In the rural town of Mapleton in western Oregon, students attend high school on a campus sandwiched between the Siuslaw River on one side and the Coast Range on the other. Nestled in the forest, the high school track is distinctive with its triangular shape and 300-meter length. It was built to fit the available space within the confines of these natural barriers on the school’s campus. For years, the school could not host meets for the local track and field league because its track did not conform with the national criteria for record setting. In the 1980s, however, Nike co-founder and U.S. Olympic coach Bill Bowerman successfully petitioned to allow national records to be set on different length tracks, and he used this distinctive Mapleton track as an example to demonstrate his case.
In 2009, the Bowerman Track at Mapleton High School started to show signs of needing to be resurfaced, but this small school district serving 150 students could not afford the significant cost of those repairs. For seven years, the school made do with patching the deteriorating track.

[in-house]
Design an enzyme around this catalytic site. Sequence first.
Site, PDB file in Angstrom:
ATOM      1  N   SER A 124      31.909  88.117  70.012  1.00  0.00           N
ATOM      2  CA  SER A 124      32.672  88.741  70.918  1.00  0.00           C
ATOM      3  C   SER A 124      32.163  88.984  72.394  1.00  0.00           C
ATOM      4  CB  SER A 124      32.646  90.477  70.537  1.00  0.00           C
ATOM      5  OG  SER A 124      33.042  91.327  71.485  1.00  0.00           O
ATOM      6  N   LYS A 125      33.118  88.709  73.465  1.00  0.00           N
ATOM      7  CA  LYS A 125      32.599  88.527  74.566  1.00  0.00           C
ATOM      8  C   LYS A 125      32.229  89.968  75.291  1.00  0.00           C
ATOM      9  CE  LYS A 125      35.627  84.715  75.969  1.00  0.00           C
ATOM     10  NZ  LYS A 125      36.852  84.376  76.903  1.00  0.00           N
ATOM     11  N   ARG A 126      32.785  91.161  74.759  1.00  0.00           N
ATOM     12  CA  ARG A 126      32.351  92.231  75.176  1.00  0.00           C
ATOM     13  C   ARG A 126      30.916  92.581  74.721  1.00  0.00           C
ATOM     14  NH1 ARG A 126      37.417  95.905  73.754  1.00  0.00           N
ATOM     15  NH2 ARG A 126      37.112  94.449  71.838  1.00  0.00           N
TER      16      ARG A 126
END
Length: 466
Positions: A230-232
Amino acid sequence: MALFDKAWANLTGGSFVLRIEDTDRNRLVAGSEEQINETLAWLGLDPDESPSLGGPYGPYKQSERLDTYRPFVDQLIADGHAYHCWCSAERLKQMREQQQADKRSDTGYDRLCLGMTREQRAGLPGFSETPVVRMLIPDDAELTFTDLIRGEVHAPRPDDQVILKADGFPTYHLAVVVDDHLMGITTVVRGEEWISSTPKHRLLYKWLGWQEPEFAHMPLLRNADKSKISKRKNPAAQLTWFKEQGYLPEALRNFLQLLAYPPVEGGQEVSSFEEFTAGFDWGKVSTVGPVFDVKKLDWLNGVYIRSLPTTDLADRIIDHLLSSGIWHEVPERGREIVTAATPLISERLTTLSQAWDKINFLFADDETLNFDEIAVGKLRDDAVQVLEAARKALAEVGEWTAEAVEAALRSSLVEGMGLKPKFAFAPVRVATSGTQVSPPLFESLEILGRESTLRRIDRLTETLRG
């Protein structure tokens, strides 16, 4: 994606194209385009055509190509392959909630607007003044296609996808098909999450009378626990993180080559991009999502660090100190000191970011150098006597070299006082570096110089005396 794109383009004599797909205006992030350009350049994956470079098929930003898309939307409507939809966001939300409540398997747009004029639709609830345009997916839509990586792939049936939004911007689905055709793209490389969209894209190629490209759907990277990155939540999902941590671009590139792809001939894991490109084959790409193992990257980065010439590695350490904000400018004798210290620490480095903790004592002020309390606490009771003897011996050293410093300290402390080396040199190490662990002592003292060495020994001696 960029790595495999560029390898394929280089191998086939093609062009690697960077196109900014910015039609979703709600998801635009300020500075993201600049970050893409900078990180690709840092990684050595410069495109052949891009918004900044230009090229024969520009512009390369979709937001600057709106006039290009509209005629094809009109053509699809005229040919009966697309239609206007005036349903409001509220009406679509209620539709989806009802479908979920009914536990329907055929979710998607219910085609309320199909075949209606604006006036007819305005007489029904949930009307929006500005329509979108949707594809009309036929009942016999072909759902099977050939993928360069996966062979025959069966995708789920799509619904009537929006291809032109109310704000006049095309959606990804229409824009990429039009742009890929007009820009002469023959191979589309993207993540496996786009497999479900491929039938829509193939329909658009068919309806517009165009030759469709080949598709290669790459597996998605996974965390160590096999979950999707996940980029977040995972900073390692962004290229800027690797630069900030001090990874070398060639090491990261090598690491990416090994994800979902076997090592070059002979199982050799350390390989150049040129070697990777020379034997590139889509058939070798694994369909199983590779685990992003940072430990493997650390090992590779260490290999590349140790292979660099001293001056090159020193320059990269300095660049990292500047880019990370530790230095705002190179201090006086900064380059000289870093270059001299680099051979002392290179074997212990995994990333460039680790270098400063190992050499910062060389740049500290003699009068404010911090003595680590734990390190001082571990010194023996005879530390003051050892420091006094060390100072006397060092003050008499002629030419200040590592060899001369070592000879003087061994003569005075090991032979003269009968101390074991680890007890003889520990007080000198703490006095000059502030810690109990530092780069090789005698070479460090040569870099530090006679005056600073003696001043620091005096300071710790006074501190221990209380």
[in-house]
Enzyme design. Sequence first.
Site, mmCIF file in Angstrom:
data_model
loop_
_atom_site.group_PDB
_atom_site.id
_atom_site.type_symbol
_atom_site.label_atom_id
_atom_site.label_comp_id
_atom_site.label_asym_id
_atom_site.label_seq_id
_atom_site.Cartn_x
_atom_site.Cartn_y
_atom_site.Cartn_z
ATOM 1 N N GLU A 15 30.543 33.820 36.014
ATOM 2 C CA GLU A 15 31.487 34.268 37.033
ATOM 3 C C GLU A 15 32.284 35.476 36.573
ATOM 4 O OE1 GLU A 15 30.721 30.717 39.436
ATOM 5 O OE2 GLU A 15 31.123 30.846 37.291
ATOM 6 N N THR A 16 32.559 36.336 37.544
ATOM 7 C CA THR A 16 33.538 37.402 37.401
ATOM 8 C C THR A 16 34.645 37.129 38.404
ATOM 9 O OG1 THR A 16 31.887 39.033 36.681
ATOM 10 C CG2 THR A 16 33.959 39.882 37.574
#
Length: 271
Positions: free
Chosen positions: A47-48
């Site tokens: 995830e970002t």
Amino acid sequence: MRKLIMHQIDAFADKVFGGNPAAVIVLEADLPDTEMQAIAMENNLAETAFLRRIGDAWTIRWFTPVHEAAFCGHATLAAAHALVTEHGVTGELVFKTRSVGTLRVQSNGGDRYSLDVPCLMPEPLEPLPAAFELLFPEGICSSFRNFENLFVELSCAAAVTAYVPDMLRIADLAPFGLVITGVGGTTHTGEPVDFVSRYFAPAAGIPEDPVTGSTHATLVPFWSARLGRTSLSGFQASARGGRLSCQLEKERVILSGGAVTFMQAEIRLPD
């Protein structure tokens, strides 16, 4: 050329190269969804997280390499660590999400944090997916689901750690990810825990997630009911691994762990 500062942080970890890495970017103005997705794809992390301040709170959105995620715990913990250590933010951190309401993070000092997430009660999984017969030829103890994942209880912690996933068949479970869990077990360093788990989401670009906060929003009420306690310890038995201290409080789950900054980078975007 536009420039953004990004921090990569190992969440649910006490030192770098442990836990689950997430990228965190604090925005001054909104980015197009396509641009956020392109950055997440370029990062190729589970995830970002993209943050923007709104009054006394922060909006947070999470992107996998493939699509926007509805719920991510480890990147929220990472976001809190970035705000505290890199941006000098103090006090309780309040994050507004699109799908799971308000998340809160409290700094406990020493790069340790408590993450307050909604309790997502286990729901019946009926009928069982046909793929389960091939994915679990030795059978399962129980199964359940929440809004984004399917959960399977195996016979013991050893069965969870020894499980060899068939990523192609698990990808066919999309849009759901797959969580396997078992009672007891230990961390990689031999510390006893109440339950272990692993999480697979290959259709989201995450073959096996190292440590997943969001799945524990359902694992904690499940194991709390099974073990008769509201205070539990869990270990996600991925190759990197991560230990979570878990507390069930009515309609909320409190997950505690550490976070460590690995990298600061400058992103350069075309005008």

When they learned about the USDA Community Facilities Program, which can help finance the renovation of rural school facilities, they applied and were awarded $50,000, the maximum grant amount available. The school also received matching contributions from the nonprofits Oregon Community Foundation and Three Rivers Foundation. With this assistance, the track was finally resurfaced in 2016.
“It is a marvelous facility,” said Track Coach Johnny Sundstrom. “And it’s one of the only tracks in our League that’s used by both the middle school and high school.”
The newly reconditioned track is allowing this rural school district to continue offering a robust track and field program. This year, 24 middle school students and 18 high school students will participate. Sundstrom says “The community, the school, and the kids are all deeply grateful for the new track.”